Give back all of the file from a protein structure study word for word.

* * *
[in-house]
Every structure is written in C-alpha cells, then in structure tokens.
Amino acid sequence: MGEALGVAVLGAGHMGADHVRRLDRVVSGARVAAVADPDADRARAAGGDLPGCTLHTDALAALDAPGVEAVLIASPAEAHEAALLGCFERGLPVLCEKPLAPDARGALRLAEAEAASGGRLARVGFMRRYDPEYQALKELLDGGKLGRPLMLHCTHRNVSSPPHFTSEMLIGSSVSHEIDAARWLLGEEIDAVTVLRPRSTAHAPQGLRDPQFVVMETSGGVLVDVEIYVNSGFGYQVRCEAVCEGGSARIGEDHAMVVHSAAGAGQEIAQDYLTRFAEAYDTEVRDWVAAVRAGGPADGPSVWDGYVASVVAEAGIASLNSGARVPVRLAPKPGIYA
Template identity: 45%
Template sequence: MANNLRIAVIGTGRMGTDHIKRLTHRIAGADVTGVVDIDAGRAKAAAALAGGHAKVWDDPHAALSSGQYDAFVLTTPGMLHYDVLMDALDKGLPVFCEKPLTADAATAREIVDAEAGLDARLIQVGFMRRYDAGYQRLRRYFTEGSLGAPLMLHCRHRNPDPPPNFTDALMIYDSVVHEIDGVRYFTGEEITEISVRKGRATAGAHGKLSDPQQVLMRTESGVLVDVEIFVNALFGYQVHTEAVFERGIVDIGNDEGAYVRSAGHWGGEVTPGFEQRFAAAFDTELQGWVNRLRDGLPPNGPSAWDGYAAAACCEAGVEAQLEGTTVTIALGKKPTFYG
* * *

[in-house]
Every structure is written in C-alpha cells, then in structure tokens.
Amino acid sequence: MGEALGVAVLGAGHMGADHVRRLDRVVSGARVAAVADPDADRARAAGGDLPGCTLHTDALAALDAPGVEAVLIASPAEAHEAALLGCFERGLPVLCEKPLAPDARGALRLAEAEAASGGRLARVGFMRRYDPEYQALKELLDGGKLGRPLMLHCTHRNVSSPPHFTSEMLIGSSVSHEIDAARWLLGEEIDAVTVLRPRSTAHAPQGLRDPQFVVMETSGGVLVDVEIYVNSGFGYQVRCEAVCEGGSARIGEDHAMVVHSAAGAGQEIAQDYLTRFAEAYDTEVRDWVAAVRAGGPADGPSVWDGYVASVVAEAGIASLNSGARVPVRLAPKPGIYA
Template identity: 45%
Template sequence: MANNLRIAVIGTGRMGTDHIKRLTHRIAGADVTGVVDIDAGRAKAAAALAGGHAKVWDDPHAALSSGQYDAFVLTTPGMLHYDVLMDALDKGLPVFCEKPLTADAATAREIVDAEAGLDARLIQVGFMRRYDAGYQRLRRYFTEGSLGAPLMLHCRHRNPDPPPNFTDALMIYDSVVHEIDGVRYFTGEEITEISVRKGRATAGAHGKLSDPQQVLMRTESGVLVDVEIFVNALFGYQVHTEAVFERGIVDIGNDEGAYVRSAGHWGGEVTPGFEQRFAAAFDTELQGWVNRLRDGLPPNGPSAWDGYAAAACCEAGVEAQLEGTTVTIALGKKPTFYG